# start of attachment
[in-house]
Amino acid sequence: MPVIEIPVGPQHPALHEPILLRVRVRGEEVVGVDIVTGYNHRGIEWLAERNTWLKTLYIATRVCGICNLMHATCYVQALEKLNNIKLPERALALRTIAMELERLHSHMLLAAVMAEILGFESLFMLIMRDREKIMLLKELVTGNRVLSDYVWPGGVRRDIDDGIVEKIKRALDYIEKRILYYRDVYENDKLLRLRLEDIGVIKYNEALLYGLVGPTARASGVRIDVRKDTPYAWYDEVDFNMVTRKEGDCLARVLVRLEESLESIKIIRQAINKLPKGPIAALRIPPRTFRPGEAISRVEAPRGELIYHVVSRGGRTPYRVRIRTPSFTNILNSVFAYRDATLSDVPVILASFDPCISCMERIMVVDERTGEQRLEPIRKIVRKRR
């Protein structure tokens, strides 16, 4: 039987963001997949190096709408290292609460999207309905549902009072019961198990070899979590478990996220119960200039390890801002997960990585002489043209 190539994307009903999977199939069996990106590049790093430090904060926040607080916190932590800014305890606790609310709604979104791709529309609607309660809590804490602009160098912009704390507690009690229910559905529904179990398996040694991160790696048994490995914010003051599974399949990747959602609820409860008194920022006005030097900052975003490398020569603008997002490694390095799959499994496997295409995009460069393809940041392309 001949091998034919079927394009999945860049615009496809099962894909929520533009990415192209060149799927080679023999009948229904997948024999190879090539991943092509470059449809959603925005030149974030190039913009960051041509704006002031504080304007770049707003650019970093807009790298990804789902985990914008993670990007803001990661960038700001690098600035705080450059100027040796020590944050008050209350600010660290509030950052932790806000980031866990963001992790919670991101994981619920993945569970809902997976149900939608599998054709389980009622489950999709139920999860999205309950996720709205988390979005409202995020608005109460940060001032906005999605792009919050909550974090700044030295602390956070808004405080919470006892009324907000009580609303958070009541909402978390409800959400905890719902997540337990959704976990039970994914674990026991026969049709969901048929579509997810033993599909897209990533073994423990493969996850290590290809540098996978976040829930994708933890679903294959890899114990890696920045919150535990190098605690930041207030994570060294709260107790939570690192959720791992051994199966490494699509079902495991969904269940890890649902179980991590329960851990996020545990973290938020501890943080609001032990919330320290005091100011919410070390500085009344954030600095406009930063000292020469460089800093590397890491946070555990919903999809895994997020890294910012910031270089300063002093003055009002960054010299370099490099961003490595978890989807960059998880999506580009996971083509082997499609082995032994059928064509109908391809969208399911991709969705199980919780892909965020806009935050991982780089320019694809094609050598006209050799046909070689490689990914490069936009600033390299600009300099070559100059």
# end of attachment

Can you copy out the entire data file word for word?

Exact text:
[in-house]
Amino acid sequence: MPVIEIPVGPQHPALHEPILLRVRVRGEEVVGVDIVTGYNHRGIEWLAERNTWLKTLYIATRVCGICNLMHATCYVQALEKLNNIKLPERALALRTIAMELERLHSHMLLAAVMAEILGFESLFMLIMRDREKIMLLKELVTGNRVLSDYVWPGGVRRDIDDGIVEKIKRALDYIEKRILYYRDVYENDKLLRLRLEDIGVIKYNEALLYGLVGPTARASGVRIDVRKDTPYAWYDEVDFNMVTRKEGDCLARVLVRLEESLESIKIIRQAINKLPKGPIAALRIPPRTFRPGEAISRVEAPRGELIYHVVSRGGRTPYRVRIRTPSFTNILNSVFAYRDATLSDVPVILASFDPCISCMERIMVVDERTGEQRLEPIRKIVRKRR
């Protein structure tokens, strides 16, 4: 039987963001997949190096709408290292609460999207309905549902009072019961198990070899979590478990996220119960200039390890801002997960990585002489043209 190539994307009903999977199939069996990106590049790093430090904060926040607080916190932590800014305890606790609310709604979104791709529309609607309660809590804490602009160098912009704390507690009690229910559905529904179990398996040694991160790696048994490995914010003051599974399949990747959602609820409860008194920022006005030097900052975003490398020569603008997002490694390095799959499994496997295409995009460069393809940041392309 001949091998034919079927394009999945860049615009496809099962894909929520533009990415192209060149799927080679023999009948229904997948024999190879090539991943092509470059449809959603925005030149974030190039913009960051041509704006002031504080304007770049707003650019970093807009790298990804789902985990914008993670990007803001990661960038700001690098600035705080450059100027040796020590944050008050209350600010660290509030950052932790806000980031866990963001992790919670991101994981619920993945569970809902997976149900939608599998054709389980009622489950999709139920999860999205309950996720709205988390979005409202995020608005109460940060001032906005999605792009919050909550974090700044030295602390956070808004405080919470006892009324907000009580609303958070009541909402978390409800959400905890719902997540337990959704976990039970994914674990026991026969049709969901048929579509997810033993599909897209990533073994423990493969996850290590290809540098996978976040829930994708933890679903294959890899114990890696920045919150535990190098605690930041207030994570060294709260107790939570690192959720791992051994199966490494699509079902495991969904269940890890649902179980991590329960851990996020545990973290938020501890943080609001032990919330320290005091100011919410070390500085009344954030600095406009930063000292020469460089800093590397890491946070555990919903999809895994997020890294910012910031270089300063002093003055009002960054010299370099490099961003490595978890989807960059998880999506580009996971083509082997499609082995032994059928064509109908391809969208399911991709969705199980919780892909965020806009935050991982780089320019694809094609050598006209050799046909070689490689990914490069936009600033390299600009300099070559100059």